Completing the locked-in part of the right side of the bullpen are the Power Sinker Twins™- Jordan Hicks and Dakota Hudson. Hicks was solid last year, but everyone knows that there’s room for more. His power sinker bullies hitters into weak contact, but his average ability to procure swings and misses last season left him at the mercy of batted ball variance. He’s working with tools that nobody else has- elite velocity with late life, and a potentially dominant slider. If he ever harnesses that slider consistently, and tunnels a little better, he’s going to become an elite reliever. Hudson isn’t quite on the same plane of existence, but it’s easy to see why folks put faith in his arm. It sure feels like there should be more strikeouts in there, and maybe that never develops. Still, even if he replicates last season, he provides solid depth. At best, he would be the fourth righty out of the bullpen.
From the left side, they’ve added Andrew Miller- a tremendous weapon if healthy, and an upgrade even if he “only” replicates 2018. He pairs with Chasen Shreve, who is 95% of the way to being an extremely effective lefty in the bullpen. Unfortunately, the 5% where he has faltered is exclusively made up of outrageous homerun rates. He has wipeout stuff and almost great peripherals. If he ever finds a year in which he limits loud contact, he’s going to put up some incredible numbers. It’s a big if, but it’s there.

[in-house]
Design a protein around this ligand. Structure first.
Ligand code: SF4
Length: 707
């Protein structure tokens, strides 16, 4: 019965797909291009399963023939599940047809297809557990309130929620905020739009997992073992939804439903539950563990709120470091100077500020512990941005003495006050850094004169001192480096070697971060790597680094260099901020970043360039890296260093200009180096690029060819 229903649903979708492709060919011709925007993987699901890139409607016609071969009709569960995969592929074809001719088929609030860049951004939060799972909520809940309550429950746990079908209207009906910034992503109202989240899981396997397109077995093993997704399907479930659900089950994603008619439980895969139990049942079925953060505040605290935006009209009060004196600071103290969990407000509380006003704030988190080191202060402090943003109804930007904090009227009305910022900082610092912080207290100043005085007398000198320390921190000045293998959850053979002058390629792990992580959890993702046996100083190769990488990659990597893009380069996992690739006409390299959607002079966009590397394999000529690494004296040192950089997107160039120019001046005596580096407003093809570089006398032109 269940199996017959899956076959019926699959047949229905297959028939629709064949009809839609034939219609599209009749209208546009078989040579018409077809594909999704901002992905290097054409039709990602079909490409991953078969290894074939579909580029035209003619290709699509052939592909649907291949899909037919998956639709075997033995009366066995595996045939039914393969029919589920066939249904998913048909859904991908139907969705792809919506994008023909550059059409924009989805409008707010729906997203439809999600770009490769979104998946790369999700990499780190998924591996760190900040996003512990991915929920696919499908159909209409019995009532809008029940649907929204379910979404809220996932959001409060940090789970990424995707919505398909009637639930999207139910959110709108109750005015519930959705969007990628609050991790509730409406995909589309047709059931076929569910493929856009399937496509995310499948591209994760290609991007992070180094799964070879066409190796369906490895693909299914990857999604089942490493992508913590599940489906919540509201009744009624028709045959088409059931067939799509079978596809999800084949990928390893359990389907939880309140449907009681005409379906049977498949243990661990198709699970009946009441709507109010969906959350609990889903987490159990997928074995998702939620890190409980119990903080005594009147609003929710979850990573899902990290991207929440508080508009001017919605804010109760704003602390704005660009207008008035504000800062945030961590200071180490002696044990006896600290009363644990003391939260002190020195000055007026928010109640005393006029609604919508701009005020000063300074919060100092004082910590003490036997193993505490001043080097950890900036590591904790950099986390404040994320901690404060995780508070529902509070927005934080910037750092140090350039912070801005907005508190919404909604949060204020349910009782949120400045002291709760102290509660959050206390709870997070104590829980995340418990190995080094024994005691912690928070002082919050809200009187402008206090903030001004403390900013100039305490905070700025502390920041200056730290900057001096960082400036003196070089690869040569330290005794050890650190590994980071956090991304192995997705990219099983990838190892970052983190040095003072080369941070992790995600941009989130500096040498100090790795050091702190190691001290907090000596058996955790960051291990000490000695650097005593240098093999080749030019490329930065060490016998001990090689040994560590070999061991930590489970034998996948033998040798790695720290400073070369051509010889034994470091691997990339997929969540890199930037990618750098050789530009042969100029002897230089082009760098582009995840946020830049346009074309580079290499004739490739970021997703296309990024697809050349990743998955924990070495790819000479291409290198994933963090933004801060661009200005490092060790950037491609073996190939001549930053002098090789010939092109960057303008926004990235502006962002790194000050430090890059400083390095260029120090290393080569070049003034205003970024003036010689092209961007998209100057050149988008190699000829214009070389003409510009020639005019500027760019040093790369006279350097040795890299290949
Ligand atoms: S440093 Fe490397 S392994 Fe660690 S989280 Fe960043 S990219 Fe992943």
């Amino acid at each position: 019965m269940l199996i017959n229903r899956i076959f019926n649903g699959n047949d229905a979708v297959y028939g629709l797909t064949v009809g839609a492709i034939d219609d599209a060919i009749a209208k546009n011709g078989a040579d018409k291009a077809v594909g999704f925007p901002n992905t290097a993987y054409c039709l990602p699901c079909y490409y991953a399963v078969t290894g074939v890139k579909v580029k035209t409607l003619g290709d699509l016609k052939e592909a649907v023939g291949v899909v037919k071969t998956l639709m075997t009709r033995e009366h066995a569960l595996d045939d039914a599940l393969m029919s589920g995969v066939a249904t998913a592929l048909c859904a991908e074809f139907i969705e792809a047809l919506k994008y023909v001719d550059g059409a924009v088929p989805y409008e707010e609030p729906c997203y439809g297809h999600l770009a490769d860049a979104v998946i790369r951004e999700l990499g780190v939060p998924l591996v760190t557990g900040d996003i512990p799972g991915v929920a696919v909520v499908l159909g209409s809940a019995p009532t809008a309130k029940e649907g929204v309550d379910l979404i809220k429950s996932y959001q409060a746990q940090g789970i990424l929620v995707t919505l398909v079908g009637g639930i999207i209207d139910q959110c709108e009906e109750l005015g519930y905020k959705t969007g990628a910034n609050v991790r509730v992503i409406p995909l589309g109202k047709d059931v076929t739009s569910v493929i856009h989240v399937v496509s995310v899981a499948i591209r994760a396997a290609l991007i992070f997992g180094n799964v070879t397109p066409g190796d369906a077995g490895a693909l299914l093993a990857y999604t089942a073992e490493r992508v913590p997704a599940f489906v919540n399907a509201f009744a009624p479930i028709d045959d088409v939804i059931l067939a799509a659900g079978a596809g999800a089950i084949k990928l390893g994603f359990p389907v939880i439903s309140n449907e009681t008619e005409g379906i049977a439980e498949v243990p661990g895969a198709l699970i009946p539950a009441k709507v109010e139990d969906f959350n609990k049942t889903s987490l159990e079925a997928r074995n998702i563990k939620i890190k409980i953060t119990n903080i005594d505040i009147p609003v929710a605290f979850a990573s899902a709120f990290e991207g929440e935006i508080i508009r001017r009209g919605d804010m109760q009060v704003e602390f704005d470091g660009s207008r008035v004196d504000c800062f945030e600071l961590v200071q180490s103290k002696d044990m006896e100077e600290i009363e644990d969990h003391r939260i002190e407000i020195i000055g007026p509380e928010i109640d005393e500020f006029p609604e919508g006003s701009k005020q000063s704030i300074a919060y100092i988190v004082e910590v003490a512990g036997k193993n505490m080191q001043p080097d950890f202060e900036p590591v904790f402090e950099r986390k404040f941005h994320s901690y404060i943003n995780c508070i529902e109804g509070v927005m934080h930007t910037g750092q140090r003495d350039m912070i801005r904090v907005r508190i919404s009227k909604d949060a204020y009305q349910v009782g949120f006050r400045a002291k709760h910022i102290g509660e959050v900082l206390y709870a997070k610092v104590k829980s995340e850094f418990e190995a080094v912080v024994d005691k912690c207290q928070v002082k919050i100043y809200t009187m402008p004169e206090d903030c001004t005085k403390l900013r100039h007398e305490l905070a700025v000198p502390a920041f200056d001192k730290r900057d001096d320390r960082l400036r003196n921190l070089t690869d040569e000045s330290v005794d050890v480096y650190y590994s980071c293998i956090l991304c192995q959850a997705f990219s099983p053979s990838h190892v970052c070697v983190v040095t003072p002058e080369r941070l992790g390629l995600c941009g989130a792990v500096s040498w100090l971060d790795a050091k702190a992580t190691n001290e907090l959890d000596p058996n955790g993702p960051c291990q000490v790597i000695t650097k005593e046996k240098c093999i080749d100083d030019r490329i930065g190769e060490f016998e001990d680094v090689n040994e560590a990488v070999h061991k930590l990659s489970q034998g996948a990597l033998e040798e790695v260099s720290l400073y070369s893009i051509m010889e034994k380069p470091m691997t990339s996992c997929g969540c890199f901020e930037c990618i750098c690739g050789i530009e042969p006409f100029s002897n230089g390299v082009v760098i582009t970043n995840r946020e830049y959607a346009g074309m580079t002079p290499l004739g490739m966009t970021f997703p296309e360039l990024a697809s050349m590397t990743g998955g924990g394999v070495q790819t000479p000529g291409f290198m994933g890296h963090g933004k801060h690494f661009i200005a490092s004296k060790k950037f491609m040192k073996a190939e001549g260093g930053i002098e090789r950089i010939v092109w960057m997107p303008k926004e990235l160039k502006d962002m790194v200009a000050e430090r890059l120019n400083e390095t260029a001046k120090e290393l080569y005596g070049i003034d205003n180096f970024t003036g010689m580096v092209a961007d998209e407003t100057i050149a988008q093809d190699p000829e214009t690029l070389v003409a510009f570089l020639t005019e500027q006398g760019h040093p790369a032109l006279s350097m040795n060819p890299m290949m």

Two veterans are in the mix. Luke Gregerson hasn’t truly been effective since 2016, getting progressively worse in 2017 and then barely pitching in 2018. It’s hard to have much optimism about Brett Cecil right now. Because of how volatile reliever performance can be, it wouldn’t be totally crazy if either of them had effective seasons. The good news is that there’s no need to rely upon effectiveness from either one of them.